Reserve Bank of India Governor Shaktikanta Das said on Wednesday that the economic recovery was still not well affected and that the central bank was “ready for war” to take appropriate measures to support development. Addressing a virtual conference organized by industry body FICCI, Mr. Das said that the government-issued Gross Domestic Product (GDP) data was “a reflection of the ravages of COVID-19”. The economy contracted a record 23.9 percent in the April-June period due to a strict lockdown imposed by the government until the end of March to prevent the spread of coronovirus infection.
“Nevertheless, the high frequency indicators of agricultural activity, the purchasing managers’ index that is the PMI for manufacturing and some private estimates on unemployment indicate some stabilization of economic activity in the second quarter of the current year, while many other sectors are certainly Causes contraction. ” It is getting easier as well, ”he said.
However, Mr. Das said that the economic recovery is not yet complete, and recovery is likely to be gradual.
“However, the recovery is not yet complete and, in addition, in some areas, the offtake, which was observed in June and July, is visible. Attempts to reopen recovery by all indications have been made. Is likely to be gradual in. He said that the economy is grappling with a growing transition.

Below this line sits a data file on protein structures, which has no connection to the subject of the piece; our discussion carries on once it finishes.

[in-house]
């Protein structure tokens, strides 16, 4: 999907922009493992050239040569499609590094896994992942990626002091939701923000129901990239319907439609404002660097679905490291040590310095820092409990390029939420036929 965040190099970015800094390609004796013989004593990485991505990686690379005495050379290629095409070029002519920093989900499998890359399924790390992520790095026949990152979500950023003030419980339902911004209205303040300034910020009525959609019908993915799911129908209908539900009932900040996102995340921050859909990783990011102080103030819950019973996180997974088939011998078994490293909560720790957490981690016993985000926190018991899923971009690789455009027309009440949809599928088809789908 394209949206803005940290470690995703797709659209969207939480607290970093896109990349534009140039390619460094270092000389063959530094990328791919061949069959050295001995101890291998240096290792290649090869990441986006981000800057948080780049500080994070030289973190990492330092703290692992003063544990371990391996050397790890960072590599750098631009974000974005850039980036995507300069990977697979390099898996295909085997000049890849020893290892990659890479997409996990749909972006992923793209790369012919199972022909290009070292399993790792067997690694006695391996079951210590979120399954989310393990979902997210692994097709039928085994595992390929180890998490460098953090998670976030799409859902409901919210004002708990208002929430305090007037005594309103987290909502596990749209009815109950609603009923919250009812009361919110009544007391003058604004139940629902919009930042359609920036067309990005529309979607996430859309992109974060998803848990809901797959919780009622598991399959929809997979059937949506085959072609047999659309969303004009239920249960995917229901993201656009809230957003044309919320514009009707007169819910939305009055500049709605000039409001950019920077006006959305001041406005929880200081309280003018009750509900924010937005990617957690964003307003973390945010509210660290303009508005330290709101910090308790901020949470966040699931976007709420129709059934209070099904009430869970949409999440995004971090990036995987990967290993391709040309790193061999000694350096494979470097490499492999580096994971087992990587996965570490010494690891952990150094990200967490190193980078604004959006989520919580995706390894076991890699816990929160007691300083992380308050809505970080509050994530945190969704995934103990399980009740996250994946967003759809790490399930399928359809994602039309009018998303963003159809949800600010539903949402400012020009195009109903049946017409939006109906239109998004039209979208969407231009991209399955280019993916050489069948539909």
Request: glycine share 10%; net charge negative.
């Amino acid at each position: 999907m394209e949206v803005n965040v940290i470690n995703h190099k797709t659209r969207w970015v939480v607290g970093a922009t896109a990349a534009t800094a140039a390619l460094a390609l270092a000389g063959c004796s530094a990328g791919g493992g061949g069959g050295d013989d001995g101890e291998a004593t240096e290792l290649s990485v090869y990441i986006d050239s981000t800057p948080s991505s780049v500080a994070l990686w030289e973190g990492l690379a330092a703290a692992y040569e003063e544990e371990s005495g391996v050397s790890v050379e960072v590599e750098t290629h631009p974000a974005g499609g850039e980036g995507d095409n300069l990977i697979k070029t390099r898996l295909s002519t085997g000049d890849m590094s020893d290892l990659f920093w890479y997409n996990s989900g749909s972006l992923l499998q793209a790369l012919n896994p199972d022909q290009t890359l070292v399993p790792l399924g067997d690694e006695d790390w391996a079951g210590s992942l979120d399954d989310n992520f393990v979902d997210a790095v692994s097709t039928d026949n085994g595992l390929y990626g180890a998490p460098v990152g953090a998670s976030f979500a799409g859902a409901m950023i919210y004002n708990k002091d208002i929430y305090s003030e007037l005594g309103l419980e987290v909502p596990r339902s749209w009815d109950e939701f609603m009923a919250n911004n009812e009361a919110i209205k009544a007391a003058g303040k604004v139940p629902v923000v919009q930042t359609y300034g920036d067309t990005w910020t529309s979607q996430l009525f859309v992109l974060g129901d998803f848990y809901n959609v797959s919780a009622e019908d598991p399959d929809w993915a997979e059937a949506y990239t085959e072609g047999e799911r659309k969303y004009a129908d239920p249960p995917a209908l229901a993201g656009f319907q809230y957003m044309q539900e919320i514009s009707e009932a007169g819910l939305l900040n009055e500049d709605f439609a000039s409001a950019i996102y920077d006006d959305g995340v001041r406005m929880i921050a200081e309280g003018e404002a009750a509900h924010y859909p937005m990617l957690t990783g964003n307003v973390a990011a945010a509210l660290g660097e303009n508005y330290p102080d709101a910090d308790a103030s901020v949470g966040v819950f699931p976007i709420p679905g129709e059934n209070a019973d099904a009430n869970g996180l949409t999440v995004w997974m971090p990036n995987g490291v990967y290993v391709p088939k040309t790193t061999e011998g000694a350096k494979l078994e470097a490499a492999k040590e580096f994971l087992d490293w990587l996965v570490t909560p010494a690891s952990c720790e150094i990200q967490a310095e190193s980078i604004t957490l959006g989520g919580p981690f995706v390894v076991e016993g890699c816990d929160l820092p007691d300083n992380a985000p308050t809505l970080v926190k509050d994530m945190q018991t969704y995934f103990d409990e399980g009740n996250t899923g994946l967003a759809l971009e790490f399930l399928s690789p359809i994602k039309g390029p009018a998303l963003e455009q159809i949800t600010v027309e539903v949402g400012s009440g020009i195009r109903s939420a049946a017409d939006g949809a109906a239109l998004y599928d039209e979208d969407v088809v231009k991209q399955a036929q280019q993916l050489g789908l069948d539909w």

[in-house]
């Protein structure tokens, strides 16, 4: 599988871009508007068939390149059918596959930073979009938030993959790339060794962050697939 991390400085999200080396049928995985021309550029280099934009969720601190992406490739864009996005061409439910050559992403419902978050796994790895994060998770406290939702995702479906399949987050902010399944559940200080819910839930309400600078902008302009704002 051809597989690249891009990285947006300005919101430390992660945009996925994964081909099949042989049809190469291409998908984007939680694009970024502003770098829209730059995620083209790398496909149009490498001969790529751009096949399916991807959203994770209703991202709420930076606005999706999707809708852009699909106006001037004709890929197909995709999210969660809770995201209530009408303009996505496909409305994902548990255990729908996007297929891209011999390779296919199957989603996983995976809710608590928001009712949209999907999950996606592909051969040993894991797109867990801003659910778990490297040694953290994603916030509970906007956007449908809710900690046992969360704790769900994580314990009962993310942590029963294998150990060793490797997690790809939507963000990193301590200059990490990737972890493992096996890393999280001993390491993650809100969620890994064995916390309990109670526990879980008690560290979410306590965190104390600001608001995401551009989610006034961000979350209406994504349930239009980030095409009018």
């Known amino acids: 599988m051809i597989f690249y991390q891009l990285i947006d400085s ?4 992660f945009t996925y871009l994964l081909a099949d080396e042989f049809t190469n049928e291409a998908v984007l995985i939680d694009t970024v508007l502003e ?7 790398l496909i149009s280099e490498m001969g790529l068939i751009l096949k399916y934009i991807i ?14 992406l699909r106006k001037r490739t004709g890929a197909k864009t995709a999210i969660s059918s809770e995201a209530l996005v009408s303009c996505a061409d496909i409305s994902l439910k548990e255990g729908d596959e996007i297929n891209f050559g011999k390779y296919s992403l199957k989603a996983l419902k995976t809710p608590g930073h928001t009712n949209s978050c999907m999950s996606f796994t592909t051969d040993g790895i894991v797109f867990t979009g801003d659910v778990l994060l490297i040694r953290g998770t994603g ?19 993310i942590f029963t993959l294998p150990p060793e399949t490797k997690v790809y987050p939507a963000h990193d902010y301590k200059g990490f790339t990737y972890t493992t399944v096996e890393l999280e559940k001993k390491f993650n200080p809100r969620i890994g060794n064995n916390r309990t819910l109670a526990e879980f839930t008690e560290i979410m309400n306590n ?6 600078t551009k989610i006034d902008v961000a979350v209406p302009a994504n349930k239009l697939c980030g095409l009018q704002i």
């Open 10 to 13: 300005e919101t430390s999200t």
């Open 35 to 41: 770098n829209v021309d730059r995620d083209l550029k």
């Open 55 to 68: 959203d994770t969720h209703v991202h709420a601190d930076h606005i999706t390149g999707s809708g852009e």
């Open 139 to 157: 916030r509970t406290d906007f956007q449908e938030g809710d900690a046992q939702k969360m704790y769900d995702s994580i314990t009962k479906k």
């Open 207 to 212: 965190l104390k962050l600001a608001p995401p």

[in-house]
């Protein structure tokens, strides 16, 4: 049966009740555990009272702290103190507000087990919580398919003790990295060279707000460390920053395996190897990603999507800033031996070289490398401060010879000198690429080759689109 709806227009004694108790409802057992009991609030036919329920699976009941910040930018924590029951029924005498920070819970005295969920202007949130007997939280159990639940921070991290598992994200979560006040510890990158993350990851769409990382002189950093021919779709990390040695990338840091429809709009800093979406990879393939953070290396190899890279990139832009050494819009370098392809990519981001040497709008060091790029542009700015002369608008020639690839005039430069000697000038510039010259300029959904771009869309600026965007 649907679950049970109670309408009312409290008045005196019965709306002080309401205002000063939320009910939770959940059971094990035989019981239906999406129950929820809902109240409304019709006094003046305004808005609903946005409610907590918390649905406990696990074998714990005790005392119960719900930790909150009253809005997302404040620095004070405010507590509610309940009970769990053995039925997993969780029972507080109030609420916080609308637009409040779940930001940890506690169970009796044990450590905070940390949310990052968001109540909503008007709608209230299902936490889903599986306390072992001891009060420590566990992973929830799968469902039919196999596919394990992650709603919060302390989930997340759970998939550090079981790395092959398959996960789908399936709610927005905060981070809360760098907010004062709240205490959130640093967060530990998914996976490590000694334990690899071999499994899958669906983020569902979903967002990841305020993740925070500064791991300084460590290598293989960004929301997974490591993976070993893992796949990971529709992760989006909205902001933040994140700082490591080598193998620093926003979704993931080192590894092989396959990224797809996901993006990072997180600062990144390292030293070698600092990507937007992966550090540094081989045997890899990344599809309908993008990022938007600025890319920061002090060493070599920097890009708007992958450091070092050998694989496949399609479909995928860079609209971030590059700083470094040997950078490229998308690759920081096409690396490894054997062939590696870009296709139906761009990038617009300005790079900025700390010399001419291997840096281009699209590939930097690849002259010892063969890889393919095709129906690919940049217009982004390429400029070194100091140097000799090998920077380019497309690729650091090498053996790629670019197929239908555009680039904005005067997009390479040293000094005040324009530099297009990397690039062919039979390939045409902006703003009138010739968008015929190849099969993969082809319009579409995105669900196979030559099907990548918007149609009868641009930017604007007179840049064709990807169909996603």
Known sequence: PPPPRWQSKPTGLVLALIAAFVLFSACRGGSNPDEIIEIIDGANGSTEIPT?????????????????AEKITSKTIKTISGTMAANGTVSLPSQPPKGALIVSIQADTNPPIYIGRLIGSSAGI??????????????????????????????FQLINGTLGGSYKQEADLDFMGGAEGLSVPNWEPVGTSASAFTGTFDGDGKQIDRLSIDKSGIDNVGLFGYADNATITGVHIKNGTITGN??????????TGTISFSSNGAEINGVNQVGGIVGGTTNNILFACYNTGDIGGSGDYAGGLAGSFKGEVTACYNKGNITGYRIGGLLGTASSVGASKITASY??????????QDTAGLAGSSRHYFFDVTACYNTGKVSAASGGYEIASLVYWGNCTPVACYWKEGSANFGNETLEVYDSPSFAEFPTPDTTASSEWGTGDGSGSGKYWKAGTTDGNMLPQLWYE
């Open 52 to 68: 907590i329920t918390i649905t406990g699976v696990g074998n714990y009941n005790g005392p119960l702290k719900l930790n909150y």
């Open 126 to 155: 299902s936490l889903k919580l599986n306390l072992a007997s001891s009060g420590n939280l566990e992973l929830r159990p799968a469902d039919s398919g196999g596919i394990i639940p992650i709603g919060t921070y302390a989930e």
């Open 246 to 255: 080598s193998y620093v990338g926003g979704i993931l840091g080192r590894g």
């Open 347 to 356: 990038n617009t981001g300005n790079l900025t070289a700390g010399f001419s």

At the same time, Mr. Das assured the industry that the RBI is “ready for the fight” and that whatever measures are necessary to support liquidity, growth and control price increases will be taken.
According to him, the immediate policy response of COVID-19 in the country has been to prioritize the stabilization of the economy and to support quick recovery policies for sustainable and sustainable high growth in the medium term post coronovirus.
The governor also said that the financial market conditions in India have significantly reduced areas in response to policy repo rates and large system-wide as well as front-loaded reductions in targeted infusion of liquidity by the central bank.
“We are monitoring the markets very carefully. Further measures will be taken when and when necessary. I have also said earlier during my statements that the RBI is fully prepared … I used the terminology that RBI The war is ready and necessary measures will be taken by the RBI, ”he said.
Despite a substantial increase in the government’s lending program, Mr. Das said that persistent large surplus liquidity conditions have ensured non-disruptive mobilization of resources at the lowest borrowing cost in a decade.
Currently, the government paper lending rate is the lowest in the last 10 years, he said.
In addition, Mr. Das said that the state of benign financing and the substantial narrowness of the spread set a record of issuing corporate bonds worth around Rs 3.2 lakh crore during August to 2020-21.
The fragility of NBFCs is a concern, Mr. Das said, adding that the RBI is regularly monitoring the health of the top 100 NBFCs and it would be the central bank’s effort not to fail any large institution.
Prior to the IL&FS crisis, Mr. Das said that there were light touch rules for the NBFC sector and RBI is now trying to bring the rules in place with banks so that the failure does not recur.